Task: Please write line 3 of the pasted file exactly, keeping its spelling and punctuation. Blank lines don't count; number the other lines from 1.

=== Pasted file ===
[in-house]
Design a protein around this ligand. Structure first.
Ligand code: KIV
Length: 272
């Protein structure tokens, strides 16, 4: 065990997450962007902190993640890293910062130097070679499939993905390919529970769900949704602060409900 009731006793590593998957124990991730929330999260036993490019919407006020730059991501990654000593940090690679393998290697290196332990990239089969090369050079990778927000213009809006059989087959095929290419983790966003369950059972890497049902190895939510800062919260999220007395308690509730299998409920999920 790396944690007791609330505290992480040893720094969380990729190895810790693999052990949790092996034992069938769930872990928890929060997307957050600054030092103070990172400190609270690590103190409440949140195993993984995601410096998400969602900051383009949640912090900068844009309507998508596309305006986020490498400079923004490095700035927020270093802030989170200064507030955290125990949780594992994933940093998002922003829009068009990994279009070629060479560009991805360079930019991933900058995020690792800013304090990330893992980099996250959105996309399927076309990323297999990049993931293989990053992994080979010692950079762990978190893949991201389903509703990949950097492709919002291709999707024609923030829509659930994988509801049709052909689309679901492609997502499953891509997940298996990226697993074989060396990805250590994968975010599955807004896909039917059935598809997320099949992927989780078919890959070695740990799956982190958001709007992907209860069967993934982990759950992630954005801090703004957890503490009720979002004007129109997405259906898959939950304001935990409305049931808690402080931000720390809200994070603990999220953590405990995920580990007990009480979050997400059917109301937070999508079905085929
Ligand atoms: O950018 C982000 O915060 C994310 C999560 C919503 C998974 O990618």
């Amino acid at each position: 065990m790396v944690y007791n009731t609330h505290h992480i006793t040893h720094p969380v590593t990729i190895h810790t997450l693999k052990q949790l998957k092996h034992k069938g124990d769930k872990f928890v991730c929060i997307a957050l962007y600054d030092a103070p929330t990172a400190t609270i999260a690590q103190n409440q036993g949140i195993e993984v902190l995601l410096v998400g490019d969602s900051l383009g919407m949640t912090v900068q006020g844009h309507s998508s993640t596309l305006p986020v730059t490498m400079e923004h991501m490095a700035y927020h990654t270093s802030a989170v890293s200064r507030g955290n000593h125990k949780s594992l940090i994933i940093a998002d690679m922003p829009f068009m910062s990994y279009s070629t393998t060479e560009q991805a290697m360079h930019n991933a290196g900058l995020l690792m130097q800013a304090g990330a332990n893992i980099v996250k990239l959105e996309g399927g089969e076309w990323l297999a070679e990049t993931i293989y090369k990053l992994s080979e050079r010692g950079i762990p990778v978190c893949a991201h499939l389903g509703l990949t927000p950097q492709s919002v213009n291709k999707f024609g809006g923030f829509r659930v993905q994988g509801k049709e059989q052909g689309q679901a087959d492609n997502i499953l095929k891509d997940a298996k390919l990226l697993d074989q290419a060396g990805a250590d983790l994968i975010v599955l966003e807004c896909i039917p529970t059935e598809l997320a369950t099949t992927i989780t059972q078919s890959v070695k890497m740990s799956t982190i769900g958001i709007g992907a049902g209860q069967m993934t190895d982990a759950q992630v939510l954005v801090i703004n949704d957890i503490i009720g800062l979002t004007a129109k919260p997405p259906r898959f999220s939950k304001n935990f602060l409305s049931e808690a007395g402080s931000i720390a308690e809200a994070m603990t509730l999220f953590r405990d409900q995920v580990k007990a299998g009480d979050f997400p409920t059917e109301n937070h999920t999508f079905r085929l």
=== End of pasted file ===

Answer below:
Ligand code: KIV